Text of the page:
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New York Post

 

In Gustav's Wake

September 02, 2008

By Nicole Gelinas

John McCain has responded sensibly to the threat of Hurricane Gustav—a vivid contrast to behavior at the local, state and federal levels three years ago after Katrina.

But Gustav also gives McCain the chance to make the case for a conservative approach to this issue—to show what government should and shouldn't do.

McCain was right to ditch the convention schedule, for at least the first night, as the storm approached. If he'd gone ahead with the old plans, the public might have been watching split-screen coverage of some GOP windbag going on about how his mother raised him right—along with footage of boaters rescuing stragglers from rooftops. Instead, Laura Bush had a few words of comfort for the Louisiana delegates, and the rest of day one was similarly low-key.

Yet this is a chance not only to repair the GOP's damage from Katrina, but to show how real conservative policies can be the right answer for New Orleans.

McCain can remind the country that New Orleans' biggest challenges after Katrina remain public infrastructure and public safety—two things good conservatives know how to fix. And that his brand of conservatism believes in a healthy, functioning government at all levels—not in no government or in crony government.

Katrina never had to be as bad as it was. It became a disaster because federal, state and local governments all failed to do their jobs. The feds built levees and floodwalls that didn't work, and let natural flood-protection like wetlands erode (the state and city didn't help much here, either). The local government was for years too incompetent and politically lazy to do what healthy cities do: protect its citizens' safety through good policing, prosecution and sentencing of criminals.

McCain can highlight the government's role in public infrastructure. So far, New Orleans' repaired levees (built by the Army Corps of Engineers) have held up to the flooding. While Gustav isn't strong enough to pose a full-power test, the success here shows that people can have at least modest confidence in the government's ability to do what it says it can do.

And, if the walls continue to hold, New Orleans will be a stronger city, thanks to increased confidence that it's safe to rebuild from Katrina.

But McCain can also take the opportunity to point out what government shouldn't have done—including the pork-barrel-driven construction of waterways New Orleans never needed, that don't really help it economically, but won patronage and popularity for local politicans. He should call for the removal of canals that leave the Big Easy needlessly vulnerable.

McCain can also pledge to make sure that the federal government continues the job of improving Louisiana's flood controls, including wetlands restoration, over the next few years, without wasting money but without skimping, either. (And if there are parts of New Orleans the feds can't protect at reasonable cost, they should say so, so people can plan for that, too.)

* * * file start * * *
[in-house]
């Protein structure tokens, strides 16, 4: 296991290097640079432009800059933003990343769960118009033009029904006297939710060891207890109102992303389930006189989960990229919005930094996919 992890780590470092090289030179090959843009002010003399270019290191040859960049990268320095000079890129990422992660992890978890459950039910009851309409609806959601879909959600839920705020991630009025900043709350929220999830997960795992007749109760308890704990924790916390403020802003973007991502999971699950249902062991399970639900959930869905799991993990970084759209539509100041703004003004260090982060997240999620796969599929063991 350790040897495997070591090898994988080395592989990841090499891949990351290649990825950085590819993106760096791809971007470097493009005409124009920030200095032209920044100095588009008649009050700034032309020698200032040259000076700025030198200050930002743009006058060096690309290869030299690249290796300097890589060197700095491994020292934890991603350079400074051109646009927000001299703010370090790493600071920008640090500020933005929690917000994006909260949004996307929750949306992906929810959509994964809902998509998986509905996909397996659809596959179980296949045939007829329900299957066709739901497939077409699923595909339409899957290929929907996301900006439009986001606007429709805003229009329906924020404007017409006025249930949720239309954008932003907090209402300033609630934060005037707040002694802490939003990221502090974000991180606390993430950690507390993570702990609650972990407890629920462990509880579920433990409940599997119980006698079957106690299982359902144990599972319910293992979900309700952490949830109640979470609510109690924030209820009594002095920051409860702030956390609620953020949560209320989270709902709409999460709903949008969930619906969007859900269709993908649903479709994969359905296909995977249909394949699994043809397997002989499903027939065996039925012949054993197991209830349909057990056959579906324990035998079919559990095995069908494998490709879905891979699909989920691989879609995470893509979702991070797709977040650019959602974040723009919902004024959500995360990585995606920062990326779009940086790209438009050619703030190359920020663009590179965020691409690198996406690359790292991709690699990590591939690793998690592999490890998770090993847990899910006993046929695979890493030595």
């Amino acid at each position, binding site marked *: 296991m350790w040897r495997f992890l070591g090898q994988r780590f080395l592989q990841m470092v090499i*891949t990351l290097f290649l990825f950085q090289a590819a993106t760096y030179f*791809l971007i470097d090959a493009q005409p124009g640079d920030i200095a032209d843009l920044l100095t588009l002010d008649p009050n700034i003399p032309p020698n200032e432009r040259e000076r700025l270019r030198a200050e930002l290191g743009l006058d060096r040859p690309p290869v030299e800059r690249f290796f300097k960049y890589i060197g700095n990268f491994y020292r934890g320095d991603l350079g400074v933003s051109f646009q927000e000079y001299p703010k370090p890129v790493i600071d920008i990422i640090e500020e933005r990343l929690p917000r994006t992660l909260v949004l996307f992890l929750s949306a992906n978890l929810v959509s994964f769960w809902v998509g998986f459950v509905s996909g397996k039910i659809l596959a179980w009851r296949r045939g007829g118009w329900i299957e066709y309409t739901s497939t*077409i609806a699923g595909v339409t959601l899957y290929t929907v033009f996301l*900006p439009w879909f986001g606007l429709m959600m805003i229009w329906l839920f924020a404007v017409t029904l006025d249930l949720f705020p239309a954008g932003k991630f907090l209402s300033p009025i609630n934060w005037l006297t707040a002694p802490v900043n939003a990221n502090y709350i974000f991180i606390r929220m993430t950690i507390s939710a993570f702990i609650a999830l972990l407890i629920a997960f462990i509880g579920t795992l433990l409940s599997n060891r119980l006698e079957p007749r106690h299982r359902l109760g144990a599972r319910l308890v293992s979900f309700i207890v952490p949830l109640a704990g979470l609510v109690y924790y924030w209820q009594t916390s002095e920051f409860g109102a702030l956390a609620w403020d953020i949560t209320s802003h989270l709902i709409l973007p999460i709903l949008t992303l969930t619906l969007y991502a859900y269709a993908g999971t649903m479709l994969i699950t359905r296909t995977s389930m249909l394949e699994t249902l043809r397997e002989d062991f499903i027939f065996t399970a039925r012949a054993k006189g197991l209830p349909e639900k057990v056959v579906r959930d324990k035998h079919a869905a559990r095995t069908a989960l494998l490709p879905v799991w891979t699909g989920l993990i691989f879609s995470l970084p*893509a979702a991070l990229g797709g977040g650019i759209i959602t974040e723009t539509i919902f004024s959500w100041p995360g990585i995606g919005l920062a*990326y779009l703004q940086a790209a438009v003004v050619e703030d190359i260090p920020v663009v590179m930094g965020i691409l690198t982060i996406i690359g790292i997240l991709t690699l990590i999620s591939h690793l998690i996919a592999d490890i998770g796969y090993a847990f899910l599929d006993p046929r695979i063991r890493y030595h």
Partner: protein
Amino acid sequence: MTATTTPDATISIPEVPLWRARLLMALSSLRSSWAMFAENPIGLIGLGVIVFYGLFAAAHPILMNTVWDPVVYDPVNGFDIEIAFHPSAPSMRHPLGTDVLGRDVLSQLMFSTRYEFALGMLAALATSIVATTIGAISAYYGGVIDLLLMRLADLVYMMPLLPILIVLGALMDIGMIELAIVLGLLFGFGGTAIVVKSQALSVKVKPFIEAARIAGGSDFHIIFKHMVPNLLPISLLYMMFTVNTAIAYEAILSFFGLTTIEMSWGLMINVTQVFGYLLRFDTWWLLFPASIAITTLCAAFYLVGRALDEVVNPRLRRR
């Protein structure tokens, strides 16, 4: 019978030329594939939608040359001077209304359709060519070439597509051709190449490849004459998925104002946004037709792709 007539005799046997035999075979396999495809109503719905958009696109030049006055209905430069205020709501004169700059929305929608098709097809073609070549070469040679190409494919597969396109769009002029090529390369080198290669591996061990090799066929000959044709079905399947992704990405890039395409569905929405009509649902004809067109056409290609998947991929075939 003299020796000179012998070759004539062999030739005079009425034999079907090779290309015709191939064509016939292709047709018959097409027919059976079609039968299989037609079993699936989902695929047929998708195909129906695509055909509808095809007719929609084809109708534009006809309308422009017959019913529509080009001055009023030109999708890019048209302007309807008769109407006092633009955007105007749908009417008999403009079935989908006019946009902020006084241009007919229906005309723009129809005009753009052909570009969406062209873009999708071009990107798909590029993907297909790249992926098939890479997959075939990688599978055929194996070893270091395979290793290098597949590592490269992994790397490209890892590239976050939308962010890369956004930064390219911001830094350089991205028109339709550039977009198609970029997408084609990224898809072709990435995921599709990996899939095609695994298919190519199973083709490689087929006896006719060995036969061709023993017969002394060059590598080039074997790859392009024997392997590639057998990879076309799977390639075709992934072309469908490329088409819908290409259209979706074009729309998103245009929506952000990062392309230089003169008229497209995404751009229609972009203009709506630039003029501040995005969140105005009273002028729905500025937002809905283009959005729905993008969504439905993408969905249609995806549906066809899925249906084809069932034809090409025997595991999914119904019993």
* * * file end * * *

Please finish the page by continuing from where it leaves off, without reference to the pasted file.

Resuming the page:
Then there's public safety. Looting and violence—including the shooting of one New Orleans police officer in the head—helped strangle a drowning city after Katrina. This week is showing that it didn't have to happen. Gov. Bobby Jindal brought in troops to help keep order even before the storm, and Mayor Ray Nagin's police force has suffered no desertions as of midday Monday.

But New Orleans continues to struggle in recovering from Katrina because citizens aren't safe in normal times. With 132 murders this year, New Orleans' per-capita murder rate is 10 times that of New York City. Robbery rates are similar.

McCain should say that, if we don't help New Orleans assure public safety, federal rebuilding dollars will largely be wasted—the city can never truly come back to life if people are continually leaving out of fear. He can pledge to protect our tens of billions in investments by working with Jindal to insist on reforms in New Orleans' DA's office, police department and judicial system—insisting on changes a condition for federal cash.

The feds and the state should track progress here with statistics-based accountability. If they do it right, they'll see results soon enough.

More New Orleanians will come back if they feel safe—and they'll put more of their own money into their city. And if the city can come to thrive thanks to solid flood-control and law enforcement, it will be wealthy enough to take more responsibility for improving its own levee system—just as New York uses its own resources to protect itself from terrorism.

Most of all, McCain should make clear that though New Orleans didn't suffer horribly this time around, it wasn't mercy that spared the city, but common-sense acts of people: adequate flood protection, sensible evacuations and measures to assure basic public safety in an evacuated city.

We don't need miracles—just competence in understanding and executing what the government should do, so that private investors and volunteers can do their jobs.

Original Source: http://www.nypost.com/seven/09022008/postopinion/opedcolumnists/in_gustavs_wake_127087.htm

 

 
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